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Tax Benefits for college costs set to expire!

September 17, 2010

I have two daughters and the youngest one, Lace, turned 25 in December. She is a college graduate with a degree in Anthropology, that she received from the UofA. She wasn’t sure what to do with her degree (unlike my parents that said “accounting or law, that is what college is for!,” I said “have a great time in college, just get any degree in 4 years”) so she took a few years off, traveled and did odd jobs. She, now, has decided to become a children’s therapist (she was always great with kids) and needed to get a degree in psychology in order to begin the process of grad school, to further that career. She mythodically chose the school, moved to that city in thaqt different state, got a job, established residency by changing her drivers license etc. But when it came to financial aid she learned that she would be considered “out of state” for tuition purposes simply because she had not filed a tax return there and lived thru a season. So that fact doubled her tuition. She began the process of financial aid and that was as daunting as the paperwork to buy a house. Sadly she will be paying for college without aid. Luckily there are tax credits for situations like this; but to her it is one more of life’s lessons that she is not happy about!

Meanhwile some of the tax benefits for college costs are set to expire Dec 31, 2010…unless congress steps in…we we’ll see…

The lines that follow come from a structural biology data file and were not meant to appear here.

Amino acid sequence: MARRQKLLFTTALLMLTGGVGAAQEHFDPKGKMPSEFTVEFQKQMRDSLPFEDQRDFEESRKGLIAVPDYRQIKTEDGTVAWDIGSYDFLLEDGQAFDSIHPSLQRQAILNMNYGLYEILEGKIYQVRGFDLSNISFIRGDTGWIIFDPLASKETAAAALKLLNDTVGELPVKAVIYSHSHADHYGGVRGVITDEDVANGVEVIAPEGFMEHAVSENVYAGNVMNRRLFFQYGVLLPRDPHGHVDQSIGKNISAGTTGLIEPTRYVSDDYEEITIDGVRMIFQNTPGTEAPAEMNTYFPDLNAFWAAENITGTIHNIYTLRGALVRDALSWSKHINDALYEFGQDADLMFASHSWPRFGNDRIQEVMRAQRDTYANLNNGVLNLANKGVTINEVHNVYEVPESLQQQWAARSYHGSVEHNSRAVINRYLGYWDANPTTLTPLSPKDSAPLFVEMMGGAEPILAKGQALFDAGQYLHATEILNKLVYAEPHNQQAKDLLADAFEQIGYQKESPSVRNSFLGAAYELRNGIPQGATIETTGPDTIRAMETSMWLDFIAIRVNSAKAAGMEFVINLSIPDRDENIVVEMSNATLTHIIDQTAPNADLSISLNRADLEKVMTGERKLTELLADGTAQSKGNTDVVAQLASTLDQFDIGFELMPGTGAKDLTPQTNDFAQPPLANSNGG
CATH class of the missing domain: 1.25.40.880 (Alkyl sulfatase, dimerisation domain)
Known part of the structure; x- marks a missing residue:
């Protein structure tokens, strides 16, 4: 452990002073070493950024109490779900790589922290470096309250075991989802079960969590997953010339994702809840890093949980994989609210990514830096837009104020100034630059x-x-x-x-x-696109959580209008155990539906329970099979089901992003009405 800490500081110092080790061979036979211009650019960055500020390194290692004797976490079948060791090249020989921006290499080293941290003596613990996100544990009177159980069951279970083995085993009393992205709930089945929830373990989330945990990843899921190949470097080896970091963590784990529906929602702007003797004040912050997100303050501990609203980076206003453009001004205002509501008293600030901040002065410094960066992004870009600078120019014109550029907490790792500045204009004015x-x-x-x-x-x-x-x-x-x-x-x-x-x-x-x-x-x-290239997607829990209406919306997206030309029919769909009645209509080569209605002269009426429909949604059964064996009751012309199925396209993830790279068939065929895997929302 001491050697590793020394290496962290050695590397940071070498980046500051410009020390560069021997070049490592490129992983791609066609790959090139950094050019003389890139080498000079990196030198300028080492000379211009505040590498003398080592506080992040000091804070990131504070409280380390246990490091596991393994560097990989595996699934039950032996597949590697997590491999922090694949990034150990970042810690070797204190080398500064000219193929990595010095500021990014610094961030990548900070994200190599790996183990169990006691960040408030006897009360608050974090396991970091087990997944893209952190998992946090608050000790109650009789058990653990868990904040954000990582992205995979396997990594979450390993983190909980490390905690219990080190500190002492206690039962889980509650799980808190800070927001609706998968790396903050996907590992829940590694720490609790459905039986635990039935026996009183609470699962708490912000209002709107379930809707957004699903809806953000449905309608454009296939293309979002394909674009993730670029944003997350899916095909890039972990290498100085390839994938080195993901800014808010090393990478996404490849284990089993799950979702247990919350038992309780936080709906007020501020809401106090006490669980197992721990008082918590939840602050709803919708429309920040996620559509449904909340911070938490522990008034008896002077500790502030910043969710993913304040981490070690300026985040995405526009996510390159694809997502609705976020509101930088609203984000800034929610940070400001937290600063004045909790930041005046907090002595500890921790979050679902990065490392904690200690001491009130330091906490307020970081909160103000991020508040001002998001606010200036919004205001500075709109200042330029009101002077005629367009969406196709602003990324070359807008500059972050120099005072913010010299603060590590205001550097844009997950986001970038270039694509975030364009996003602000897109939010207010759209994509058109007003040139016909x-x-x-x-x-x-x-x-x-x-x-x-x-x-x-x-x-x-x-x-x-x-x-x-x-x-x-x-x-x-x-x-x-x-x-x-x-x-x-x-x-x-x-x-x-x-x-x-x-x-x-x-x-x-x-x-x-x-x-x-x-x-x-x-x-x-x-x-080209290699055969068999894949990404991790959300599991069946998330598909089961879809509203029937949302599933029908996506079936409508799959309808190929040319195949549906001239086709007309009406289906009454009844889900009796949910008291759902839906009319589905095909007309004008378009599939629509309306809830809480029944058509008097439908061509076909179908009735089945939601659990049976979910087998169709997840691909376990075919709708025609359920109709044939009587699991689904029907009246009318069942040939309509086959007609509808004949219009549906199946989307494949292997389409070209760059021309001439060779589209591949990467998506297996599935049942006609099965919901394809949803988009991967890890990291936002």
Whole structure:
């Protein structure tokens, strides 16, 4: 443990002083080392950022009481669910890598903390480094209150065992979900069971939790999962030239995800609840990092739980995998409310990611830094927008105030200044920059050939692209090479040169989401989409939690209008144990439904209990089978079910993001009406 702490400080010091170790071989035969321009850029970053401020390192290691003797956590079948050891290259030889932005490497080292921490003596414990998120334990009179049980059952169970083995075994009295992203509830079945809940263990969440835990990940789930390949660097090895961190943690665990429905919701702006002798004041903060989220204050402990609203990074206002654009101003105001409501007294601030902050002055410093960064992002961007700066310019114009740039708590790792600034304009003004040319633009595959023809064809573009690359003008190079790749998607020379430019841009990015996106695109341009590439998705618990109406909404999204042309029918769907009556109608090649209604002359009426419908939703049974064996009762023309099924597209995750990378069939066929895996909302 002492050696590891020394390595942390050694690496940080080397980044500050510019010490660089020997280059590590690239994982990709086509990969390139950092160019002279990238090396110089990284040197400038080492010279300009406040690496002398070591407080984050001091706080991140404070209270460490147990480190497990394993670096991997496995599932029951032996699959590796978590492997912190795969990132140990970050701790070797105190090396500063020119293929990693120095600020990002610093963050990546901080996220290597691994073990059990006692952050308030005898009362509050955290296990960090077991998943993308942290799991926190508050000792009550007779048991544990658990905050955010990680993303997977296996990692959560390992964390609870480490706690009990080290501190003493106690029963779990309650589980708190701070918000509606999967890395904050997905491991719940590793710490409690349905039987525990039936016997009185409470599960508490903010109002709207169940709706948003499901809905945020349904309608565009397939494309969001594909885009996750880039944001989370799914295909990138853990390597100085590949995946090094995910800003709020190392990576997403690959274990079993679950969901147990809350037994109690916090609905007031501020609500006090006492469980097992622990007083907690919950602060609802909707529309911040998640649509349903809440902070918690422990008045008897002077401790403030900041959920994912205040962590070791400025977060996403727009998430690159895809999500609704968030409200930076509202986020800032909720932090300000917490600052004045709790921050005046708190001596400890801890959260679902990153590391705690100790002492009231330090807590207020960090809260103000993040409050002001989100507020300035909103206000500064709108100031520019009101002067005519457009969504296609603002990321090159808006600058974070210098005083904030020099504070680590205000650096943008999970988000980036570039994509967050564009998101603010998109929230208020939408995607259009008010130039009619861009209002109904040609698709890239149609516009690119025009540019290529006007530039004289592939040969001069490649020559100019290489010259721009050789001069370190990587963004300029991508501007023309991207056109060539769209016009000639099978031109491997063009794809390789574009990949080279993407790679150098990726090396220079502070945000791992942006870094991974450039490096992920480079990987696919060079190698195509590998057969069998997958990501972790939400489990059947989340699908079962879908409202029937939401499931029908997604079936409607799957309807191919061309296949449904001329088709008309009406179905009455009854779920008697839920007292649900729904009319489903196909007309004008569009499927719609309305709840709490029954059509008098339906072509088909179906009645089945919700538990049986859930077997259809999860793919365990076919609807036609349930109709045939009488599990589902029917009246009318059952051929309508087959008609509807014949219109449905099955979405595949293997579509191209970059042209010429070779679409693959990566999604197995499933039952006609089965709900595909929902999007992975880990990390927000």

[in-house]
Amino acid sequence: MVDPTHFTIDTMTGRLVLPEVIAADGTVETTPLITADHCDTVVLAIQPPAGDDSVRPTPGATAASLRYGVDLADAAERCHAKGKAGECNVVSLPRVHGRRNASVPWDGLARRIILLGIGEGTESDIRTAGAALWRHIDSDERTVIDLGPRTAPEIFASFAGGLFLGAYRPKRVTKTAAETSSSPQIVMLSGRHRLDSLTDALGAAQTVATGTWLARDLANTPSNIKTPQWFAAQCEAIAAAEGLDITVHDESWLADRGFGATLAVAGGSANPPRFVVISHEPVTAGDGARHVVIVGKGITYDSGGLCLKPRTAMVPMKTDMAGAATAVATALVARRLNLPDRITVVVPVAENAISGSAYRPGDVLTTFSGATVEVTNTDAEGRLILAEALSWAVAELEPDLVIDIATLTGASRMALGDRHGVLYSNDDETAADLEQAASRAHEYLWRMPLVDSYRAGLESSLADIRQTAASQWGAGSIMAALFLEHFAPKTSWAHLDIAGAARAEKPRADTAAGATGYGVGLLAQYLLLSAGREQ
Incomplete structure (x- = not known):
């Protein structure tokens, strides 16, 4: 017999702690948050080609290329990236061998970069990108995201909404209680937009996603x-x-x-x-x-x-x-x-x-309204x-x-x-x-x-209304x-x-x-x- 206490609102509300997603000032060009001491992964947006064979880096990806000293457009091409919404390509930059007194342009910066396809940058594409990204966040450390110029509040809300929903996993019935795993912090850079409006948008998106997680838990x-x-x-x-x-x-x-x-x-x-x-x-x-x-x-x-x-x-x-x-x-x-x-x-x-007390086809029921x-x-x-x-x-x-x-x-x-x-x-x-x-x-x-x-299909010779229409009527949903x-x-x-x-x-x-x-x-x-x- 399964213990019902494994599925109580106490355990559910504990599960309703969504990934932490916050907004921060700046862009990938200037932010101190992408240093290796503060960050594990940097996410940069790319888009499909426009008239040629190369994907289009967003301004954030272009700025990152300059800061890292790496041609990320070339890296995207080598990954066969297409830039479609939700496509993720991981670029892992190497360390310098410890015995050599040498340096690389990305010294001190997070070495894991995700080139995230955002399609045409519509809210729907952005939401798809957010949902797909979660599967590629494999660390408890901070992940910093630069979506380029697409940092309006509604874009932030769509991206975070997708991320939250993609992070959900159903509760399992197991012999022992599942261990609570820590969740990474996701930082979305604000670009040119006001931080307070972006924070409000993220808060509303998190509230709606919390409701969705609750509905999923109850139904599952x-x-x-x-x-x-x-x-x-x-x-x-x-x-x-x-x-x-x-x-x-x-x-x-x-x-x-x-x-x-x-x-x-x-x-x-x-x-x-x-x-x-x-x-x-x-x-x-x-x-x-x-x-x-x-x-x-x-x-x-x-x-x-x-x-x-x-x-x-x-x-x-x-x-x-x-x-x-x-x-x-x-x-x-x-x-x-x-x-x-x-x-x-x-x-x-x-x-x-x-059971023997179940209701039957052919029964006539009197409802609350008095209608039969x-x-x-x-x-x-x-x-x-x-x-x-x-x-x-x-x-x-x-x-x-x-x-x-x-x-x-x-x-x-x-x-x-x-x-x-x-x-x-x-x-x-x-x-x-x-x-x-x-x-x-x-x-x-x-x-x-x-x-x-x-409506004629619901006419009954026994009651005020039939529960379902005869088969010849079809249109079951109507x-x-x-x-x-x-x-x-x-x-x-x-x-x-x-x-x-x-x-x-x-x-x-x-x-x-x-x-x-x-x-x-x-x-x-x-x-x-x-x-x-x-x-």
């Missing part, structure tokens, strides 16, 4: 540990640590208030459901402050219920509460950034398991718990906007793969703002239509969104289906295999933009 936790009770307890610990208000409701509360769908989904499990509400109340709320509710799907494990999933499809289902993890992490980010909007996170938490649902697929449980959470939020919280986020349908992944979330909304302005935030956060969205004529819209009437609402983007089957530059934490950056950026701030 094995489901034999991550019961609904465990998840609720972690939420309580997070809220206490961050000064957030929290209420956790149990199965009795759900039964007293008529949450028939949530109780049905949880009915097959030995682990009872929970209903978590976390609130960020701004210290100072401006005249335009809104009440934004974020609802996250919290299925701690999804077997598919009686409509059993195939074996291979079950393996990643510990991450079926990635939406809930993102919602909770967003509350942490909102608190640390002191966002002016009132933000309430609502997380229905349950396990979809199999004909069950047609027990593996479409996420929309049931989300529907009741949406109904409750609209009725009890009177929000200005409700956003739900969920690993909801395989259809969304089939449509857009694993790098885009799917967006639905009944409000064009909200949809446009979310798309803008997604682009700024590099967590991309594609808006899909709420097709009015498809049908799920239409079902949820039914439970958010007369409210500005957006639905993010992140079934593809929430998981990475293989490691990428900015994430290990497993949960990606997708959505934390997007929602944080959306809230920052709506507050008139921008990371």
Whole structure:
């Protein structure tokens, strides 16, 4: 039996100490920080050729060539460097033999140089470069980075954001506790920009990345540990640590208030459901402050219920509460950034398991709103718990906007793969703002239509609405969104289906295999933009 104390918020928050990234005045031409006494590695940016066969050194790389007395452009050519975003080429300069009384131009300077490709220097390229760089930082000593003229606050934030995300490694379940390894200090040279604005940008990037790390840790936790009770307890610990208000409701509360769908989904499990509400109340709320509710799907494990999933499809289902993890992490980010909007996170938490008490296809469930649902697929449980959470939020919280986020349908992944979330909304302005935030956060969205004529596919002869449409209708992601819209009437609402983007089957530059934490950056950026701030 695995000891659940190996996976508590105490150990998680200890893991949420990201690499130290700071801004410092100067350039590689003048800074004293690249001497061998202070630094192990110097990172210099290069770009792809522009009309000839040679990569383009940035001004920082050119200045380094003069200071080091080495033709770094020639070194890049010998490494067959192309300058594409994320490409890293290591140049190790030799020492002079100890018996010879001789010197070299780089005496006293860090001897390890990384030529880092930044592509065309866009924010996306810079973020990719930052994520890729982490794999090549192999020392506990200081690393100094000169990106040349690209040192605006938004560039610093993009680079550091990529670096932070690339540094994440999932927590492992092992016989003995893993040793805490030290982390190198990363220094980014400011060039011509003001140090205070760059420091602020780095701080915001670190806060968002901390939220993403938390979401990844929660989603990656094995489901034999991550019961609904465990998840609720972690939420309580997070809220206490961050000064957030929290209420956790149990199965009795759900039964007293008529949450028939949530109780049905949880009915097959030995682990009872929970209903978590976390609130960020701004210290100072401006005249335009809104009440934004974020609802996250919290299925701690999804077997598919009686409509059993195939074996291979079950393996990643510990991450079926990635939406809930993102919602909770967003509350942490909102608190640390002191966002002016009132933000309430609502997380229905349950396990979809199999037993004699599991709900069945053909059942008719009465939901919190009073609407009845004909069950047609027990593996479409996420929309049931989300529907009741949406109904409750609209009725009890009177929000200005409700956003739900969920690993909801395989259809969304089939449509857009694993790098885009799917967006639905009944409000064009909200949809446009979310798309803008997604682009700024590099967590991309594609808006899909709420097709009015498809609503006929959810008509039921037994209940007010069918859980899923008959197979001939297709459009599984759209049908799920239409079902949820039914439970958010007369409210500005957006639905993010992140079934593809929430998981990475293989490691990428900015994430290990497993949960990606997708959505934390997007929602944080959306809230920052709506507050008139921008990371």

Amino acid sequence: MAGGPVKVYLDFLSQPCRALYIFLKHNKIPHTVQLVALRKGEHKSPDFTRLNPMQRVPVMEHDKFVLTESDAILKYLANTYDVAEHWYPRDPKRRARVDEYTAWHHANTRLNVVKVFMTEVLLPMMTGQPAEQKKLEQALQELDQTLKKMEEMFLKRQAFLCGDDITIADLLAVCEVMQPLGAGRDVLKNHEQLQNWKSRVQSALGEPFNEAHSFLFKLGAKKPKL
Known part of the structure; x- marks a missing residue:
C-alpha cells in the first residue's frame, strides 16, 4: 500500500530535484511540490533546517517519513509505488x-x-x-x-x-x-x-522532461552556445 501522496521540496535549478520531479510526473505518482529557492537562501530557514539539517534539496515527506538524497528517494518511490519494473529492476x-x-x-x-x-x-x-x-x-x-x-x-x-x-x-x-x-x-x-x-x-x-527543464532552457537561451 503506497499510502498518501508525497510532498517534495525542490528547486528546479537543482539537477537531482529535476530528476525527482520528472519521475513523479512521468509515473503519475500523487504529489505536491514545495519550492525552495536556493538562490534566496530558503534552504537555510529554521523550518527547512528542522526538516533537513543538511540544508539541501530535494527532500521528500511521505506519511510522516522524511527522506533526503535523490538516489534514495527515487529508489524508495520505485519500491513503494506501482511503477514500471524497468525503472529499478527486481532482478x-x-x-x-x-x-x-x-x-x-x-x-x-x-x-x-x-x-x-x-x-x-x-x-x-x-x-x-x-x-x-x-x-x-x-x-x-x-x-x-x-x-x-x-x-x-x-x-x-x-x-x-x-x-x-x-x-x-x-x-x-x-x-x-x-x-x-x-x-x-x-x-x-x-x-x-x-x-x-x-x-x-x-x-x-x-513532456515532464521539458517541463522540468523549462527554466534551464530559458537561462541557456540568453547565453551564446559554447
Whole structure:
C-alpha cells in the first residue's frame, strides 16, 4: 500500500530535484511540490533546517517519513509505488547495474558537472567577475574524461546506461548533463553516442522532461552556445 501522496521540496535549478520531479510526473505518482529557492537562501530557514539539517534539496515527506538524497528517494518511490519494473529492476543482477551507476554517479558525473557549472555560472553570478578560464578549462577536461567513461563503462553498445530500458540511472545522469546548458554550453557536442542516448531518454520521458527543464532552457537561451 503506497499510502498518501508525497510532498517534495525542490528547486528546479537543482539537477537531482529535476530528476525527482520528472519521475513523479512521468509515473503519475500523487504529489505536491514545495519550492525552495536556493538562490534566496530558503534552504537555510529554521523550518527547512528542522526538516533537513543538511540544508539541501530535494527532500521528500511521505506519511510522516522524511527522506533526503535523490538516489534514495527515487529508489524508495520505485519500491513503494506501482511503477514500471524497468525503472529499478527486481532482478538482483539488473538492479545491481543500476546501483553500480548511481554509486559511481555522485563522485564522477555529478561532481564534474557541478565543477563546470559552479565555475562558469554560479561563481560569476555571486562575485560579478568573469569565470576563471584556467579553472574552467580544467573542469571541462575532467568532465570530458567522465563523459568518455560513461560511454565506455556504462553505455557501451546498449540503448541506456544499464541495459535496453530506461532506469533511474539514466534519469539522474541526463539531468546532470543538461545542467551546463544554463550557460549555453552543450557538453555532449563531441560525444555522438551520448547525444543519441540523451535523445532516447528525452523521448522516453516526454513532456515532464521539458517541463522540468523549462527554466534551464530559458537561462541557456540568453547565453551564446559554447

The American Opportunity Credit, included in last year’s economic stimuloous package, provides a tax credit of up to $2,500. per student in 2010. You can claim the credit for up to 100% of the first $2,000 in qualified college costs and 25% of the next $2,000. To get the full credit, you’ll need to spend at least $4,000 on qualified expenses; very easy to do! Fourty percent of the credit is refundable, so low-income families that do not owe federal taxes could receive a check from the government for up to $1,000. In addition, the income limits on this credit are broader limits than on the Hope and Lifetime Learning Credits, which have been around for many years. Married couples with modified adjusted gross income of up to $160,000 can claim the full credit.
The Coverdell Education Savings Accounts have allowed families to save up to $2,000 a year in a portfolio of various investments. Contributions are after-tax, but withdrawls are tax free as long as the money is used for qualified expenses. Along with college related costs, the money can be used for tuition at a primary or secondary school. Sadly, depending on what congress does, these accounts will become much less appealing after Dec 31, 2010 as the annual contributions will shrink to $500 and tuition to primary and secondary schools will no longer be qualified expenses.

The tax code constantly changes and can have huge effects on us all. Stop by or give us a calll and we can talk about how this effects you. You can always reach us though our website at or call me at 212-979-6830.


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